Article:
Josh Richardson and Alec Burks are other ball handling options, with Brett Brown seeming to prefer Burks’ “scoring punch” off the bench.

In his second NBA season, Milton has posted 6.7 points, 1.9 rebounds and 1.5 assists per game, shooting 36.9 percent from three. The 23-year-old was on a two-way contract with the Sixers as a rookie and starred with the Delaware Blue Coats, scoring 24.9 points per game in the G League.

Who else would be impacted? 

Between Jan. 25 and Feb. 9, Milton started eight straight games for the Sixers because of Richardson’s hamstring injury. Brown didn’t play him as much as a typical starter during that stretch, giving him 25.4 minutes per game. He only exceeded 30 minutes once, when he scored a career-high 27 points on Jan. 30 in Atlanta.

Milton again would not likely be assuming full-on starters minutes. Perhaps Richardson and Burks would combine for a greater sum of backup point guard minutes than usual. If Richardson were to handle backup point guard duties, that would presumably mean Glenn Robinson III, Furkan Korkmaz and Matisse Thybulle would have more minutes to take on the wing. 

Simmons was averaging a team-high 36.3 minutes entering Saturday’s game, so there is simply a lot of playing time that would need to be allocated among multiple players. 

Where would the Sixers suffer the most? 

The defense would take a big hit. The on-off stats mysteriously indicate that the Sixers have been a better defensive team with Simmons not on the floor, but they’d clearly be losing one of the best defenders in the game. 

Along with being first in steals, Simmons has the most total deflections and the most defensive loose balls recovered. He can defend opposing stars and, in general, most point guards, wings and power forwards. The Sixers would not be able to replace that defensive versatility or overall quality.

They’d obviously gain something in terms of outside shooting but would lose a lot in other offensive areas. Simmons has assisted on more threes than any player this season.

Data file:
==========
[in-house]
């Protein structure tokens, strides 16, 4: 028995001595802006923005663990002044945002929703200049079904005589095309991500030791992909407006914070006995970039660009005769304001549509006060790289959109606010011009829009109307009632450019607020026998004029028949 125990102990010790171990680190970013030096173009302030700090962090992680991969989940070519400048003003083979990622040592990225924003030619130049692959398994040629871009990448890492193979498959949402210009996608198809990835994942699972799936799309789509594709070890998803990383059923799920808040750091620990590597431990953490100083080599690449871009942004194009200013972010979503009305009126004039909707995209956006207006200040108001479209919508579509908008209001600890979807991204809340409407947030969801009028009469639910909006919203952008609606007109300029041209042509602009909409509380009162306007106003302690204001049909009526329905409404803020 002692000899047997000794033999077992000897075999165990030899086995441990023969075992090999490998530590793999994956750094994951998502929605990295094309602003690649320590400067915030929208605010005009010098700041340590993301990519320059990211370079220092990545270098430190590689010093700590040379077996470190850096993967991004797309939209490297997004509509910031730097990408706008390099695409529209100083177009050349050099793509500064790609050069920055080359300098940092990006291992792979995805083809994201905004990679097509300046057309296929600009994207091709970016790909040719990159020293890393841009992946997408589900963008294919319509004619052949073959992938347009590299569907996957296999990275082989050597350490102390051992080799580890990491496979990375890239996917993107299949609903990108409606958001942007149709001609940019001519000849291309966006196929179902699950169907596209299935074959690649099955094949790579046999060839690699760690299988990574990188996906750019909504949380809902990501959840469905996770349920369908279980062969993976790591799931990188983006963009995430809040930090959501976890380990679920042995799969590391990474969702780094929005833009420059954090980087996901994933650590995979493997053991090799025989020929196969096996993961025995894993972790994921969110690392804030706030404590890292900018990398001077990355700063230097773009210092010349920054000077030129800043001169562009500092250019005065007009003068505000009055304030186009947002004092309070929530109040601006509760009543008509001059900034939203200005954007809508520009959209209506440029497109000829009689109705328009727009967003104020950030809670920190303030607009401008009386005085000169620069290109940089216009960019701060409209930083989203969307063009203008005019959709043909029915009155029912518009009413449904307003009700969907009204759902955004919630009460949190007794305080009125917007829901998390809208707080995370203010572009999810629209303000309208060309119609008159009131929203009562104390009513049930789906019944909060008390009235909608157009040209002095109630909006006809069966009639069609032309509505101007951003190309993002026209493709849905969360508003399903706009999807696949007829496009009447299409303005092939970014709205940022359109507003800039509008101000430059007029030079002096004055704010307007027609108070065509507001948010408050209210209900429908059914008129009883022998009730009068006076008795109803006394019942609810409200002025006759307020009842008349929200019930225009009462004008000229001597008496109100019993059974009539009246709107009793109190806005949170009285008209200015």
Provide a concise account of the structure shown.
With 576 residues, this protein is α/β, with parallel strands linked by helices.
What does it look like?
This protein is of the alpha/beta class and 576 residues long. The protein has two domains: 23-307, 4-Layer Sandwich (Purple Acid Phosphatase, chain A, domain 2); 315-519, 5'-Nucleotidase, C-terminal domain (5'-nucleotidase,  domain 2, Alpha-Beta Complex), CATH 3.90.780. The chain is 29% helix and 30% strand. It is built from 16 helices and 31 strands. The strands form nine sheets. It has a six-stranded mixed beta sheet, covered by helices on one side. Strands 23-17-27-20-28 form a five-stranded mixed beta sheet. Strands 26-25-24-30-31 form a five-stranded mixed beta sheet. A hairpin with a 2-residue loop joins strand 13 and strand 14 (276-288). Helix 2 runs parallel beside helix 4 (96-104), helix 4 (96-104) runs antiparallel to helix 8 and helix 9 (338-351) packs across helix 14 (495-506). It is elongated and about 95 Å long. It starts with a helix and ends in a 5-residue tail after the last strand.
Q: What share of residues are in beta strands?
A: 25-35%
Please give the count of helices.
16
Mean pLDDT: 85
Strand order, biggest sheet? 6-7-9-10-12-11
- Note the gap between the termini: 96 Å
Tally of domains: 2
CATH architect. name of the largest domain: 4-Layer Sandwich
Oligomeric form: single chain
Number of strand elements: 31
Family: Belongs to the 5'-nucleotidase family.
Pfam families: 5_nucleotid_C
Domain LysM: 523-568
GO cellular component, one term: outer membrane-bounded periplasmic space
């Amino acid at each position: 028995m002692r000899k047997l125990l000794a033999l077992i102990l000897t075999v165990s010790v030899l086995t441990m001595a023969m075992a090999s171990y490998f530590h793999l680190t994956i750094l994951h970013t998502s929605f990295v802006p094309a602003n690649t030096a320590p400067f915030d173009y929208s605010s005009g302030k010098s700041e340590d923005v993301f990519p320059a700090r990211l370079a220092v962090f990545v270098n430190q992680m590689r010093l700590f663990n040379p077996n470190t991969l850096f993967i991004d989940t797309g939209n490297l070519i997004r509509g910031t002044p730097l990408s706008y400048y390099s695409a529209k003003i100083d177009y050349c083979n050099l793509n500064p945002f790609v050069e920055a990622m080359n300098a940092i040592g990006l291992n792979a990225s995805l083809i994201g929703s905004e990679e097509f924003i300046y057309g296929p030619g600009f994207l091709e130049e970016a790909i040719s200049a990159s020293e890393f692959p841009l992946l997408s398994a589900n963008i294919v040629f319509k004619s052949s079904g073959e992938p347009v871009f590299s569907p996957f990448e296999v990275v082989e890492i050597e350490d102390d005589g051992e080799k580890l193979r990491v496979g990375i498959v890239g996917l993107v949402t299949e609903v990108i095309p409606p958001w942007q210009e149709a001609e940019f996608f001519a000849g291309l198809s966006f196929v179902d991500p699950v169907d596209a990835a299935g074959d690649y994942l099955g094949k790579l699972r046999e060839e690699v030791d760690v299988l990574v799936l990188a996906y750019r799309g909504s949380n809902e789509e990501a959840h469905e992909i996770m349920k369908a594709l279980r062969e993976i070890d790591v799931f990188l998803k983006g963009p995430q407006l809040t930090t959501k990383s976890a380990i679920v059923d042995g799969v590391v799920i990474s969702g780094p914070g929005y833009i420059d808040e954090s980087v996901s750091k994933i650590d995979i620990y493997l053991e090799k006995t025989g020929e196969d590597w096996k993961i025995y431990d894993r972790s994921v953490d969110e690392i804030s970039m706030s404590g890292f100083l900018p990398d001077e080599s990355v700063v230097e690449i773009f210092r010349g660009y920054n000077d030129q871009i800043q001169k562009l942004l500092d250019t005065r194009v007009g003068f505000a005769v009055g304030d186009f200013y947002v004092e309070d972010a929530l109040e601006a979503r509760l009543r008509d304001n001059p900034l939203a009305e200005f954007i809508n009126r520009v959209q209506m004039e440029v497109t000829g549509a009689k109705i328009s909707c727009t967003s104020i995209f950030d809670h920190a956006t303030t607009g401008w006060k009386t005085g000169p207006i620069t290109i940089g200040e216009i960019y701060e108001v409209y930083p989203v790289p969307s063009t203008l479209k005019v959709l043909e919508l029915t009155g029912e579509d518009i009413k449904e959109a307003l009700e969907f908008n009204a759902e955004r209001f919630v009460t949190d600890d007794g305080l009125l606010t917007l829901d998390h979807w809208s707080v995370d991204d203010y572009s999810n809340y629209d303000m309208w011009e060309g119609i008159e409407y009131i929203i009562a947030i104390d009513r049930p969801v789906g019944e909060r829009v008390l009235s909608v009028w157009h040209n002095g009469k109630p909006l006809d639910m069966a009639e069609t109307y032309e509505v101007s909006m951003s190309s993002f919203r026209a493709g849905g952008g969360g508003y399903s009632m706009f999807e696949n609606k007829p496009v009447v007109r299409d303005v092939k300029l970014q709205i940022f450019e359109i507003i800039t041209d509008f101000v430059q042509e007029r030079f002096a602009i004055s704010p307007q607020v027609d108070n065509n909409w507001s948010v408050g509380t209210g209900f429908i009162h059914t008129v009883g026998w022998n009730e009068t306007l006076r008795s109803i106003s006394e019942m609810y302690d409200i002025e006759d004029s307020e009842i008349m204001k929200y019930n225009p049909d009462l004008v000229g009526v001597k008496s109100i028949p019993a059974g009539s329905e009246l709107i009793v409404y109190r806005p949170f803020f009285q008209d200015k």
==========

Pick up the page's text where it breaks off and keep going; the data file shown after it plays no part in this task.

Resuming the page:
How much would it hurt overall? 

Because Simmons has played in 214 of a possible 221 regular-season games over the last three seasons, we don’t have any meaningful track record of how the Sixers tend to fare without him.

Joel Embiid would be the focus of a Simmons-less team, and it would make sense for the offense to involve more Embiid post-ups than ever.

The most basic formula for success without Simmons would be an elite Embiid on both ends of the floor, Milton and other guards succeeding in expanded roles, and Tobias Harris and Al Horford being better across the board, especially as three-point shooters. It’s not impossible that all those pieces would come together, but it would be a lot to ask. 

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Sixers injury update: Ben Simmons to undergo further testing for back injury reaggrevated vs. Bucks

Sixers injury update: Ben Simmons to undergo further testing for back injury reaggrevated vs. Bucks

The Sixers took a beat down from the Bucks Saturday night, but that seems secondary to what else took place in Milwaukee.

Ben Simmons, who missed the first game after the All-Star break Thursday with lower back soreness, left Saturday’s game not even five minutes in and did not return. Simmons will undergo further testing in Philadelphia Sunday, per NBC Sports Philadelphia’s Serena Winters.

A report from ESPN’s Adrian Wojnarowski provided concerning info:

Sources described Simmons as emotional upon leaving the X-ray room at the Fiserv Forum late Saturday.

"There is some level of concern surrounding the possible nature of the injury, league sources tell ESPN.

The All-Star point guard appeared to reaggravate the injury on a drive against Brook Lopez. After a foul was called on Lopez, Simmons could be seen attempting to stretch his back out. After Simmons made 1 of 2 from the line, Matisse Thybulle fouled Khris Middleton to get a stoppage so Simmons could go back to the locker room.

At first, the ABC broadcast said the plan was for Simmons to go to the locker room to receive treatment throughout the night. A few minutes later, Simmons was ruled out for the rest of the game.

A broken foot cost Simmons a season the year he was drafted, but he’s been one of the Sixers’ most durable players since. The 23-year-old has played 214 of a possible 221 games during his three-year career.

Sitting in fifth in the Eastern Conference with 25 games remaining, the Sixers can ill afford to miss Simmons for an extended period of time.